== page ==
(394e) “Body-on-a-Chip” Technology for Predicting Human Response to Various Drug Therapies

Authors: 
Shuler, M. L. - Presenter, Cornell University
Tatosian, D. A. - Presenter, Cornell University
Li, X. - Presenter, Cornell University
Sung, J. H. - Presenter, Cornell University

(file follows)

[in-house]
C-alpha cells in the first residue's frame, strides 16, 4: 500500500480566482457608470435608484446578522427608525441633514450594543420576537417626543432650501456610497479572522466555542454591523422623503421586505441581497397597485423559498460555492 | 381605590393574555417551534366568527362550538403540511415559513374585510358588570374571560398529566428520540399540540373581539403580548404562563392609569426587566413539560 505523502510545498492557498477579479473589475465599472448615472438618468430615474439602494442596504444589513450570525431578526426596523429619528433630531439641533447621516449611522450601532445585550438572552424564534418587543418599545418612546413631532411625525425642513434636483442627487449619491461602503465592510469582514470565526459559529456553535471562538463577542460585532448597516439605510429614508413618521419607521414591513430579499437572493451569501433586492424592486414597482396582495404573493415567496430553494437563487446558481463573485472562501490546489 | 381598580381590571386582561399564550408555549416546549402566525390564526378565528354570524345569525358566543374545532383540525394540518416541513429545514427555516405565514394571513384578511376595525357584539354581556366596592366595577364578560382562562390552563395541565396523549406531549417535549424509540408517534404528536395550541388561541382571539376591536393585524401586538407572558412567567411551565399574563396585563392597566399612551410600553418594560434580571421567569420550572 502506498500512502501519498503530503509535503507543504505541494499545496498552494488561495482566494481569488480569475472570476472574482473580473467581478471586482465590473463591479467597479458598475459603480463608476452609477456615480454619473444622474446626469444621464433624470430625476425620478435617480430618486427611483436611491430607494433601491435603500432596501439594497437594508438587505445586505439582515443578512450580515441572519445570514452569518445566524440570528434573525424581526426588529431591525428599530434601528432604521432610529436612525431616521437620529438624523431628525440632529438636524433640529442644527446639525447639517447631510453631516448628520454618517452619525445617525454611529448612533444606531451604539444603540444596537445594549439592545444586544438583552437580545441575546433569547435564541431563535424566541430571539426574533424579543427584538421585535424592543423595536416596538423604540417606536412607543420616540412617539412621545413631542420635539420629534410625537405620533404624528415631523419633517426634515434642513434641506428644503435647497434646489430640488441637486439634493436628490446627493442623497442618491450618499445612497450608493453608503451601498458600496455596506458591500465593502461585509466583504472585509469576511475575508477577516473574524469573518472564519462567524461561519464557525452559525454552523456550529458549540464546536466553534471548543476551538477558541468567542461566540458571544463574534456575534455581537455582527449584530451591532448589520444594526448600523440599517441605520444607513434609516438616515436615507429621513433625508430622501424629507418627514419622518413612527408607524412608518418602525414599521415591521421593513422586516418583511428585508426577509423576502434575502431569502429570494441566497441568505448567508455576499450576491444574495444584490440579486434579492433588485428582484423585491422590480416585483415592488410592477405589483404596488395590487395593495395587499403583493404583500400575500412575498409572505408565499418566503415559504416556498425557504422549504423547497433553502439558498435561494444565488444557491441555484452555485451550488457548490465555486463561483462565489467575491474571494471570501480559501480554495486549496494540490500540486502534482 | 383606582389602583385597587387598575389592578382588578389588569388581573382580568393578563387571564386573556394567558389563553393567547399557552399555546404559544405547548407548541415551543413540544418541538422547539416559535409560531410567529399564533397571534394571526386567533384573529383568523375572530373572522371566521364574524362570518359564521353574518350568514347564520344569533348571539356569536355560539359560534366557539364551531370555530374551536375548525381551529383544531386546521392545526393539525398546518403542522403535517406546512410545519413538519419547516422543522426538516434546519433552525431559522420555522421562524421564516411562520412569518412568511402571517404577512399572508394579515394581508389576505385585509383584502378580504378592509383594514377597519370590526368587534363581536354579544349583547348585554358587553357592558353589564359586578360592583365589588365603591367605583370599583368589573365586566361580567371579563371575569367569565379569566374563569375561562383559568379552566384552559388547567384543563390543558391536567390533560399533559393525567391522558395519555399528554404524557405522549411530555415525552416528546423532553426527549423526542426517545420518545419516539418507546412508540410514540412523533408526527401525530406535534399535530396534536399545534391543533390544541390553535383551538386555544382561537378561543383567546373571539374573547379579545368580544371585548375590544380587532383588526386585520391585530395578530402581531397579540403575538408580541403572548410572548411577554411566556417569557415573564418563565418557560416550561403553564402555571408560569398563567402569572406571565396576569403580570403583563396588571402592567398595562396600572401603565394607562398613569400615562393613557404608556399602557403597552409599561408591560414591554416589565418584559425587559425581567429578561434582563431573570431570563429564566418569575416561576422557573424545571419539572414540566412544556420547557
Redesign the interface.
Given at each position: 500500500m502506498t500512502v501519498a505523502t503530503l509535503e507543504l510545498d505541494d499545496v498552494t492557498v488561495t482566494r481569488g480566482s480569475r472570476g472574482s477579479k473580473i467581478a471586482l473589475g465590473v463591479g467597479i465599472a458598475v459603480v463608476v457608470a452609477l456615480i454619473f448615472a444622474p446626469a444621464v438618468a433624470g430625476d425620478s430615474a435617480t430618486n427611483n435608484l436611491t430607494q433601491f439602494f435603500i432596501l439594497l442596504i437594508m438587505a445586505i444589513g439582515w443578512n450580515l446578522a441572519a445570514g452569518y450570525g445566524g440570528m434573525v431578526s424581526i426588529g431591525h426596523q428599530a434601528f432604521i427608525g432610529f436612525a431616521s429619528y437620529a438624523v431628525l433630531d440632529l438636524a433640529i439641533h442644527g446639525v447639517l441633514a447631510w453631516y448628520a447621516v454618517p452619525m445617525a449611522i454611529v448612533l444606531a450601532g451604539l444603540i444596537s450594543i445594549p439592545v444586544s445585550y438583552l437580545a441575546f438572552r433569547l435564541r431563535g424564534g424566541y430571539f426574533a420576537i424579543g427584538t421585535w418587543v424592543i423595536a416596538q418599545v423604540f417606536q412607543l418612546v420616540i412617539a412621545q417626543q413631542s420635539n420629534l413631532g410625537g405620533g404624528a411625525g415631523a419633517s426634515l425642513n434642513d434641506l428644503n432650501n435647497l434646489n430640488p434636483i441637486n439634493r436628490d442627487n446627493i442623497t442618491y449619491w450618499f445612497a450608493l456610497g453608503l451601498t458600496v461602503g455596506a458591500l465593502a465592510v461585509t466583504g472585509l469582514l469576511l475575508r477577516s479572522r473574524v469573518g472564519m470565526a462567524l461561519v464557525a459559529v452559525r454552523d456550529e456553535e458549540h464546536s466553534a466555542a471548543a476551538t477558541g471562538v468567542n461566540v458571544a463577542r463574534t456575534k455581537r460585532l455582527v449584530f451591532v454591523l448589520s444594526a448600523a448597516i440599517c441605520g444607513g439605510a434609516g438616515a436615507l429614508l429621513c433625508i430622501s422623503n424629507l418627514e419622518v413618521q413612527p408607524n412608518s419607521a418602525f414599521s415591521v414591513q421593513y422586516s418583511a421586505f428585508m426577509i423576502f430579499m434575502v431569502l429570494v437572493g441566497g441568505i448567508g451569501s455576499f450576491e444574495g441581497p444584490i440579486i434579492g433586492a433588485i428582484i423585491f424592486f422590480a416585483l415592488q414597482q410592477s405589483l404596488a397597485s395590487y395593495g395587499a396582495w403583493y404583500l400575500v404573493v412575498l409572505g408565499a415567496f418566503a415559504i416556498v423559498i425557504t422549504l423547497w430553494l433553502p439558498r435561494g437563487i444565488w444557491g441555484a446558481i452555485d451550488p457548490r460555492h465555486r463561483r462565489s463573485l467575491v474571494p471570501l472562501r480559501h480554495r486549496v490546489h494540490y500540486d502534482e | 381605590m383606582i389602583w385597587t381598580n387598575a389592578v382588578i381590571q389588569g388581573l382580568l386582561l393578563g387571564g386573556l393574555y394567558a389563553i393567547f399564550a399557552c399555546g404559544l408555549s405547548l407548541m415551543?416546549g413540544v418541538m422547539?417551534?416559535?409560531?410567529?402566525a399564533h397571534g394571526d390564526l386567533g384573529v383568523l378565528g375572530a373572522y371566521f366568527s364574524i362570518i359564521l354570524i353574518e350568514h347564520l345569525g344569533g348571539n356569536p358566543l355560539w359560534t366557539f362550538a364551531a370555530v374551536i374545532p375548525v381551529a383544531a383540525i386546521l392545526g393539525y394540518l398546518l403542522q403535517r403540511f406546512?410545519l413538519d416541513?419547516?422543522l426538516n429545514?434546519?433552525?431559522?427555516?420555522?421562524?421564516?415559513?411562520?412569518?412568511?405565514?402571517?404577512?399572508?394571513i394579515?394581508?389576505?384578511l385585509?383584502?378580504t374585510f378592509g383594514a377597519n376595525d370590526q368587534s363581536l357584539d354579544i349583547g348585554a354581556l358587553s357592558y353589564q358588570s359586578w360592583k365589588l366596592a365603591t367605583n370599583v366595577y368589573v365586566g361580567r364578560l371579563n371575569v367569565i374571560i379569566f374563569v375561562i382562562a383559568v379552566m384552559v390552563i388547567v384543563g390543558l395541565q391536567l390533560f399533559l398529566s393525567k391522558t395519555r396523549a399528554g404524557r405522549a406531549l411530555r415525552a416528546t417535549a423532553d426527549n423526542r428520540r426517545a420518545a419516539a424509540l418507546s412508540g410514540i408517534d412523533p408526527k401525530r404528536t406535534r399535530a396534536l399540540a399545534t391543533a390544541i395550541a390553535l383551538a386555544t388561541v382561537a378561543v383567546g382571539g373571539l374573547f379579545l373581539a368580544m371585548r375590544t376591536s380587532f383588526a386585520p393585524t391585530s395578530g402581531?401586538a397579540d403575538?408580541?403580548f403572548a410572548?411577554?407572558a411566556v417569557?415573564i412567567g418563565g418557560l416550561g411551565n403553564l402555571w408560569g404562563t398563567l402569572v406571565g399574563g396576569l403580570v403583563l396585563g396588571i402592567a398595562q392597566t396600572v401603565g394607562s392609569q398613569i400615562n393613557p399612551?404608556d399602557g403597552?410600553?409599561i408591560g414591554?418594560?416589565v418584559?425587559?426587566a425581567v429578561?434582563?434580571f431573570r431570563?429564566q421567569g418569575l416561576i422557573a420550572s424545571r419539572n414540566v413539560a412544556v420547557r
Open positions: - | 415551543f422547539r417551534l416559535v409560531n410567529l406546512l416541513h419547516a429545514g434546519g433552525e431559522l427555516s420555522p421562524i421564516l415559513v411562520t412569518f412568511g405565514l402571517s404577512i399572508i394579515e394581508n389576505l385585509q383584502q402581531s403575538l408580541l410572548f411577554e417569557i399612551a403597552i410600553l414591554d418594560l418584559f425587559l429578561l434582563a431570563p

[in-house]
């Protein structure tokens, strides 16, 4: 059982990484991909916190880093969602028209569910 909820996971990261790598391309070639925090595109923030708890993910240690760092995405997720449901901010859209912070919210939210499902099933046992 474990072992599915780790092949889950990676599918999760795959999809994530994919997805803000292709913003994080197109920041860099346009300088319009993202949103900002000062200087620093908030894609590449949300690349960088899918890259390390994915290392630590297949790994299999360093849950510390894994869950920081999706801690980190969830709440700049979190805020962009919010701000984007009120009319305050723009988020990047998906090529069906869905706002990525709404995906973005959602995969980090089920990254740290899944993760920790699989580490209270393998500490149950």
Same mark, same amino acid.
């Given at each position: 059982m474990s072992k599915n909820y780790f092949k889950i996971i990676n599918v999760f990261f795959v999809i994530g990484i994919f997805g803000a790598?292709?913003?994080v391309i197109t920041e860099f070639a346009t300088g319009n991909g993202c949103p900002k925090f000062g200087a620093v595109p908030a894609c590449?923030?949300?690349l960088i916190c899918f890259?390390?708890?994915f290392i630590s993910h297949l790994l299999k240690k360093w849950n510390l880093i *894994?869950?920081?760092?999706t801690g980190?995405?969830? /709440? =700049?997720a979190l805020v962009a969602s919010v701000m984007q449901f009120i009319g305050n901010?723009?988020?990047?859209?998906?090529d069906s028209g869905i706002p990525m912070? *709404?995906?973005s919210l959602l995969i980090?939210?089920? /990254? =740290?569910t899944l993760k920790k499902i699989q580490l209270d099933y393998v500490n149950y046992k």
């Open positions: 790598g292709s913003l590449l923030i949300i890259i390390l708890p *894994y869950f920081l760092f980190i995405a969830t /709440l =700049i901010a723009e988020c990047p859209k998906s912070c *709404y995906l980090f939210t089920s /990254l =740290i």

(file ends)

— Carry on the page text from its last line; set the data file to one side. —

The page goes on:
We seek to understand the response of the human body to various pharmaceutical and environmental chemicals. In effect, to do in vitro ADMET (Adsorption-Distribution-Metabolism-Elimination-Toxicity) studies by combining microtechnology and cell culture to form a micro cell culture analog (microCCA). A CCA uses mammalian cells cultured in interconnected chambers to physically represent a physiologically based pharmacokinetic model (PBPK) or a whole body model. When a CCA system is used in conjunction with a PBPK model, it can estimate human response to chemicals and link molecular mechanism to system response. We will discuss the advantages and limitations of this technology and illustrate its use in evaluating ?cocktail? treatments of multidrug resistant (MDR) cancer. Preliminary studies demonstrate a synergistic interaction between cyclosporin and nicardipine as MDR suppressors when used with the chemotherapeutic doxorubicin to treat MDR uterine cancer. In a microCCA system with liver-bone marrow-MDR uterine cancer-sensitive uterine cancer-remaining slowly and rapidly perfused tissue compartments, the proliferation of MDR resistant cancer is suppressed with only modest impact in cells in the other compartments. A primary limitation of these experiments is the use of 2-D cell cultures; approaches to development of a system with 3-D tissues will be discussed.